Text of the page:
More than 8 in 10 patients who switched dentists reported that their dental office’s social media influenced their decision to make the change, according to a study published on June 6 in BMC Oral Health.
Those who changed practices in the last five years had interacted more with a dental practice’s social media than those who switched more than 11 years ago. When it came to choosing a practice, other factors, including facilities and technology and online reviews, influenced their decisions the most, the authors wrote.
“Although there are other factors that influence the selection of a dental practice, in recent years the social media of clinics have become more important,” wrote the authors, led by Dr. Ana Suarez of the European University of Madrid in Spain.
The healthcare industry, including dentistry, has leveraged social media to communicate with patients and colleagues. However, no studies have examined whether patients view a dental practice’s social media before they move on to another dentist and whether their usage affects their ultimate decision to change, according to the study.
To evaluate the influence patients’ use of dental practice social media had on their decision-making, 503 patients responded to a questionnaire, which asked questions about sociodemographic data, their use of dental practice social media, and factors considered important when changing dental practices.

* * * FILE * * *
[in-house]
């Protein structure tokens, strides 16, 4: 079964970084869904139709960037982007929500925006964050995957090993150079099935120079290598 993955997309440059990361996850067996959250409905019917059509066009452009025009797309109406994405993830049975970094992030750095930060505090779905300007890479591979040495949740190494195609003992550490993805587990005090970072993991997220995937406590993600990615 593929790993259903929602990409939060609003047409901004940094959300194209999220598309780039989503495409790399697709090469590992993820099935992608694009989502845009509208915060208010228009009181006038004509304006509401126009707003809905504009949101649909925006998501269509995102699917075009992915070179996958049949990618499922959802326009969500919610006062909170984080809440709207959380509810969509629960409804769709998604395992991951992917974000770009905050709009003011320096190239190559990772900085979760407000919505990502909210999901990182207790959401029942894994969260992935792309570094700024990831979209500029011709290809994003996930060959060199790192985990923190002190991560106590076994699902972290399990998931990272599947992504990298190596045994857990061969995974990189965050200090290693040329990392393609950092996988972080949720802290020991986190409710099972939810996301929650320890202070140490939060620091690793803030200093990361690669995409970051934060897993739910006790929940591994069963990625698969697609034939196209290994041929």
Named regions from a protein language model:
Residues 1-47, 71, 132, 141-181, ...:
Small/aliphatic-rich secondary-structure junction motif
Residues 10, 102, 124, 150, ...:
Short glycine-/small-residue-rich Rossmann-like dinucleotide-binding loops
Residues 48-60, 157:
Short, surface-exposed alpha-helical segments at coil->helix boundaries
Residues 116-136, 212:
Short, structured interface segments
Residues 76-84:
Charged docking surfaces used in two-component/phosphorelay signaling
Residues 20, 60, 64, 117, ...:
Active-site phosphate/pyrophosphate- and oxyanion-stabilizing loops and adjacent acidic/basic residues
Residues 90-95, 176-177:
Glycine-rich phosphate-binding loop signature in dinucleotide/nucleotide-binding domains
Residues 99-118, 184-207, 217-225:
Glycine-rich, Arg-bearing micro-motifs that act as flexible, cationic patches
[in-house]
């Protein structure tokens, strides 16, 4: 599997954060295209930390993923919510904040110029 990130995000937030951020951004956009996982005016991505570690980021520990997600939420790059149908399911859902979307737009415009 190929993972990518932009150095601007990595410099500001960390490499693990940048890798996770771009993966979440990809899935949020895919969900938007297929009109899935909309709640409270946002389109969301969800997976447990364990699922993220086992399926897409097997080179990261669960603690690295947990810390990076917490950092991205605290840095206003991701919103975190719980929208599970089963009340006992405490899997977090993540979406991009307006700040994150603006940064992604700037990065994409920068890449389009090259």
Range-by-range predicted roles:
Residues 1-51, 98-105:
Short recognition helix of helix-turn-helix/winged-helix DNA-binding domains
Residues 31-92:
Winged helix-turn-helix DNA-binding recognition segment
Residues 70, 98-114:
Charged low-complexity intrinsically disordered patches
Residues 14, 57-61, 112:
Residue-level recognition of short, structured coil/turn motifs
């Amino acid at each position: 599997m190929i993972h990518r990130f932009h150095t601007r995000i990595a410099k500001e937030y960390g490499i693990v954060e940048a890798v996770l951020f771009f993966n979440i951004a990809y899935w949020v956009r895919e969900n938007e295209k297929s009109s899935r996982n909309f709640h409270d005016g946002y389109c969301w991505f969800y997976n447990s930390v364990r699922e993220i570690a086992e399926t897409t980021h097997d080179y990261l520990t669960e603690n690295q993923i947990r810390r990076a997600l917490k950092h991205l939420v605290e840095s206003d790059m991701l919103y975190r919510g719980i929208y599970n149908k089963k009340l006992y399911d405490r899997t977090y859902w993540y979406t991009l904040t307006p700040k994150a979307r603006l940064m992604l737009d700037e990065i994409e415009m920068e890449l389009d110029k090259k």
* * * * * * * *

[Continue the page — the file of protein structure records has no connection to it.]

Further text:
Of the respondents, 118 patients (23%) reported viewing a dental practice’s social media before changing practices. Of these 118 patients, 102 patients (85%) reported that social media affected their decision to change. Also, respondents who had changed practices in the past five years had interacted with dental practice social media more than those who made the change more than 11 years ago (p < 0.05), they wrote.
The most valued factor in choosing a dental practice was facilities and technology, with 70% of respondents deeming it very important. Recommendations from friends and family also mattered a lot, with about 63% deeming it very important. The third most important was online reviews, which was considered most important by 44%, the authors wrote.
The least valued factors associated with choosing a practice were website quality, for which about 22% reported it as very important, and social media presence, for which only 8% of patients reported it as very important, according to the study.
Nevertheless, the study had limitations. Only one country was included in the study. Since internet and social media use varies by country, the research should be repeated in other places, they wrote.
In the future, studies should be conducted to investigate patients using social media as an educational tool, for appointment scheduling, and communicating with dental professionals, the authors wrote.
“Different factors affect the selection of a new dental practice, but respondents who changed practice in the last few years were more likely to have made use of dental practice social media, which, for some, influenced their final decision to change,” Suarez and colleagues wrote.